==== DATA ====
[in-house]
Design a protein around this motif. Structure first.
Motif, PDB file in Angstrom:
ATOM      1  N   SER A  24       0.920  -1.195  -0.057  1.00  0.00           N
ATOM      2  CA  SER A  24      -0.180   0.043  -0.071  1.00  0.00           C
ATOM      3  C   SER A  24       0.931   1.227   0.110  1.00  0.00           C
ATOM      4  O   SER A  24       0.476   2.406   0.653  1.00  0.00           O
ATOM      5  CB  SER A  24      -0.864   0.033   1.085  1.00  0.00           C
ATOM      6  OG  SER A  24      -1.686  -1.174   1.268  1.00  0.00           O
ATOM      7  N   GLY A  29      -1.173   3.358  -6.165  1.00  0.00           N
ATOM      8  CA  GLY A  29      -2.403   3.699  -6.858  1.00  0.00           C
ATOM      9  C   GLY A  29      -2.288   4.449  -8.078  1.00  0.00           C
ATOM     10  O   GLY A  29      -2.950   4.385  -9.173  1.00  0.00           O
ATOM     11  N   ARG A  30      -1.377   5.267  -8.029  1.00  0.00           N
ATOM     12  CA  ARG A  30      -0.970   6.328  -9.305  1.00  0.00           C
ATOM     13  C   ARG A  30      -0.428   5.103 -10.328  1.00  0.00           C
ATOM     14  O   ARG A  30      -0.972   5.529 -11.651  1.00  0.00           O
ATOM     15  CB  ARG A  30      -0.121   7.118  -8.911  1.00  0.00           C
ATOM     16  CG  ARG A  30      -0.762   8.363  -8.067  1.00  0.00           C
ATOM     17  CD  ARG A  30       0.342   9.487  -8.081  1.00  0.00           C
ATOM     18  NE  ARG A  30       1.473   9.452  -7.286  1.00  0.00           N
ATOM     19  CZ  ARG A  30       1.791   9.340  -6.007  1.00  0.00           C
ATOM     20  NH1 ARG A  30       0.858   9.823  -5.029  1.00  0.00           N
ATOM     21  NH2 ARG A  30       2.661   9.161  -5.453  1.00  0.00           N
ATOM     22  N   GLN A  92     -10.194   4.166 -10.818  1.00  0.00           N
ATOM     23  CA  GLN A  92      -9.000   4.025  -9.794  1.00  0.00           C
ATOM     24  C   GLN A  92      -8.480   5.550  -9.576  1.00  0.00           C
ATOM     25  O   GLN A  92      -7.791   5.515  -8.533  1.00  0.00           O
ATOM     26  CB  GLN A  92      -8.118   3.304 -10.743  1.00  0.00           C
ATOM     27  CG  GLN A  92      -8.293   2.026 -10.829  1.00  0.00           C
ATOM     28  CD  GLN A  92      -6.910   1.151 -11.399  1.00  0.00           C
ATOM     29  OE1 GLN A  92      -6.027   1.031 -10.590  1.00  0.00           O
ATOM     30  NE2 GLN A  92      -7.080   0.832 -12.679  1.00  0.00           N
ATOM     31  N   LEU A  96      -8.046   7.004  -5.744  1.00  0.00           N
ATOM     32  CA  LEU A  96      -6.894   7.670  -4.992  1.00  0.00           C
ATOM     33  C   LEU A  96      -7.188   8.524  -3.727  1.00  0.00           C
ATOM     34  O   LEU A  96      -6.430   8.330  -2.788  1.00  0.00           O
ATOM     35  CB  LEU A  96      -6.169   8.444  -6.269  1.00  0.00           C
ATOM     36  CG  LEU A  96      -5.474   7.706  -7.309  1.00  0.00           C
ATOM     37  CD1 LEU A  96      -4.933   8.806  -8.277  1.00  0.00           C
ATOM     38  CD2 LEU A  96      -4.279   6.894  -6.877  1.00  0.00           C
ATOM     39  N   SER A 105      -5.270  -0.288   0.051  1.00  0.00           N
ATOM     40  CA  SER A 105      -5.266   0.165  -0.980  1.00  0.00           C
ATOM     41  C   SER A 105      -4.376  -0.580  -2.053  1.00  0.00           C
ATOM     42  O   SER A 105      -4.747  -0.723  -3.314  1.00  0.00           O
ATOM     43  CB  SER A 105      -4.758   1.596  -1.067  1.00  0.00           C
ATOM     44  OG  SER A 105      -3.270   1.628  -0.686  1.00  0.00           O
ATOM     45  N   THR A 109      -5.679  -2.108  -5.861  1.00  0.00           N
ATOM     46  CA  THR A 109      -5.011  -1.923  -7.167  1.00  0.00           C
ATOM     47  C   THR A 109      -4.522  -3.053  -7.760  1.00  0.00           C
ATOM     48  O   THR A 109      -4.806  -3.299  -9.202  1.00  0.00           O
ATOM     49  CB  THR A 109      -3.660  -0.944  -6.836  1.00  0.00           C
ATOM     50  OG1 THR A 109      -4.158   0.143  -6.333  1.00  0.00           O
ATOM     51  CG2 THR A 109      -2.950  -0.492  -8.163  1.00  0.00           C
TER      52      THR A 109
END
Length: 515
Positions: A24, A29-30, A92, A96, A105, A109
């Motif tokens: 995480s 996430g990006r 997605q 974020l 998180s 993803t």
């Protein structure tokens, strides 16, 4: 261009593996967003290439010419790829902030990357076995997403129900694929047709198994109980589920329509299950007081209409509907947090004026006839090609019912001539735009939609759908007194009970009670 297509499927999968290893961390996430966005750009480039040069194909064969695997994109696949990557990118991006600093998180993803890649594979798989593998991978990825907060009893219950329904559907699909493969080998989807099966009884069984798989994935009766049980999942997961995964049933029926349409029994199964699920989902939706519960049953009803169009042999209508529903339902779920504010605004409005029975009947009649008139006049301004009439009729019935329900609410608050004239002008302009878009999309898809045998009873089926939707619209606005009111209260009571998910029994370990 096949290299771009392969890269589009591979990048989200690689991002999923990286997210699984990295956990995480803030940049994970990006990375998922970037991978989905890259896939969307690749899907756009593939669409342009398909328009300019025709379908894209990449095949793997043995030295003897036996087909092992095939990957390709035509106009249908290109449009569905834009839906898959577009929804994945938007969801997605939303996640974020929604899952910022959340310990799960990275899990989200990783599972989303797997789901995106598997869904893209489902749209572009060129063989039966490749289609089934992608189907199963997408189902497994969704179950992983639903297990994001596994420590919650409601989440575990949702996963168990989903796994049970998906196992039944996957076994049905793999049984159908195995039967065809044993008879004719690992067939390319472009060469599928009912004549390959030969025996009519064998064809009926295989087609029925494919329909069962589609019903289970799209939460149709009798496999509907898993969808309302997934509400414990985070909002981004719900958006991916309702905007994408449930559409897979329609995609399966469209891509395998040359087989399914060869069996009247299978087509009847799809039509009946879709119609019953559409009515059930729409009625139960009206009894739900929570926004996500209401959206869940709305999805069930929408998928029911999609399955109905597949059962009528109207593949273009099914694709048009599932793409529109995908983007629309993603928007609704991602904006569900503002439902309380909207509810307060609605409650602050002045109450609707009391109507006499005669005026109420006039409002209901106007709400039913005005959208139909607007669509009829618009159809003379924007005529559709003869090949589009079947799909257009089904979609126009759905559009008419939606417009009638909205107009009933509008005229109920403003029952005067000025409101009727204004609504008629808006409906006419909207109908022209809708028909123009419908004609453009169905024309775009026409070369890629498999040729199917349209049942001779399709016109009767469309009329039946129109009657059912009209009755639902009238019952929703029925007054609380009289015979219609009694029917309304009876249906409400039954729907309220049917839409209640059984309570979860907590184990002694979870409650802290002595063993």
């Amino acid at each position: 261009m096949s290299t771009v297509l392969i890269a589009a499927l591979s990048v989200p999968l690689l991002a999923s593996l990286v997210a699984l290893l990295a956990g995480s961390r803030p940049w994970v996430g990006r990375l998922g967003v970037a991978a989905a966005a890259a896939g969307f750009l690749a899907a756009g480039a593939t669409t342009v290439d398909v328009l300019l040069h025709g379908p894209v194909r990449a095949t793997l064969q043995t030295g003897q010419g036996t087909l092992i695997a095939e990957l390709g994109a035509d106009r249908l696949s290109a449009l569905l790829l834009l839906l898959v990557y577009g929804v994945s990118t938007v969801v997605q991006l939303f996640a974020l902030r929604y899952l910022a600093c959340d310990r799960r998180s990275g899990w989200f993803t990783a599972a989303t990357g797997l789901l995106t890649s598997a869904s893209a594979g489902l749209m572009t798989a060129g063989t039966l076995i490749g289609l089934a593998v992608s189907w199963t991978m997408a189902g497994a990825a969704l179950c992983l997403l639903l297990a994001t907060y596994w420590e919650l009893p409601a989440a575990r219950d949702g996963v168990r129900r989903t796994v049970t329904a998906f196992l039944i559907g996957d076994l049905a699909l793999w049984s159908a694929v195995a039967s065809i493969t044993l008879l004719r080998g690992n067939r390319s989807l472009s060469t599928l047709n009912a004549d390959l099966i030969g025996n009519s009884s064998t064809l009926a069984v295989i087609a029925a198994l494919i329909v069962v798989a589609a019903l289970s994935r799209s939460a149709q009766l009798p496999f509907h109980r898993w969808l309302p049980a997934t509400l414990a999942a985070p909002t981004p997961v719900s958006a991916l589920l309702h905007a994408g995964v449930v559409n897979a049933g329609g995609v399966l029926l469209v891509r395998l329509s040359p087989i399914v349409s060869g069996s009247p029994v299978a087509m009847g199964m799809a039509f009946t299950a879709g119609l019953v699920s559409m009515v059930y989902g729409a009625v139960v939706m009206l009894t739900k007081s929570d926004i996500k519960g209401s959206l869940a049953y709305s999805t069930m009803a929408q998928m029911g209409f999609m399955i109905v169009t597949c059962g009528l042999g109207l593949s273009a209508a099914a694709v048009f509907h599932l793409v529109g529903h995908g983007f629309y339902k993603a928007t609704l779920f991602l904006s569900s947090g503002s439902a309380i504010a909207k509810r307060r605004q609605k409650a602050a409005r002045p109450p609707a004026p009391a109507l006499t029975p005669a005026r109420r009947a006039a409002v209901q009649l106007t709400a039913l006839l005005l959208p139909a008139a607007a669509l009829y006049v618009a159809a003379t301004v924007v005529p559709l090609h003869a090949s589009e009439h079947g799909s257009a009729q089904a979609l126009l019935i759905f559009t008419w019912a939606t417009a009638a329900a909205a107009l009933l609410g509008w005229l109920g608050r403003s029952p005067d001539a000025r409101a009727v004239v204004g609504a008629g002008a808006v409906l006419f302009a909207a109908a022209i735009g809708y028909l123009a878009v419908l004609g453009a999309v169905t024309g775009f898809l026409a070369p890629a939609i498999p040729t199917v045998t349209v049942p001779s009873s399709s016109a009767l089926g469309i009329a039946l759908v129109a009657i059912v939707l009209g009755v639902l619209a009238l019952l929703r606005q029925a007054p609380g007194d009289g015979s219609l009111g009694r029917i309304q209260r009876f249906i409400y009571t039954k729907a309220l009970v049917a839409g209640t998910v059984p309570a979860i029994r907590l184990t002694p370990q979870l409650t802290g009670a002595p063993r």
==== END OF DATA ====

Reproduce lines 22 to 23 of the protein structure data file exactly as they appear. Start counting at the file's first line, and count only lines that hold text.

ATOM     19  CZ  ARG A  30       1.791   9.340  -6.007  1.00  0.00           C
ATOM     20  NH1 ARG A  30       0.858   9.823  -5.029  1.00  0.00           N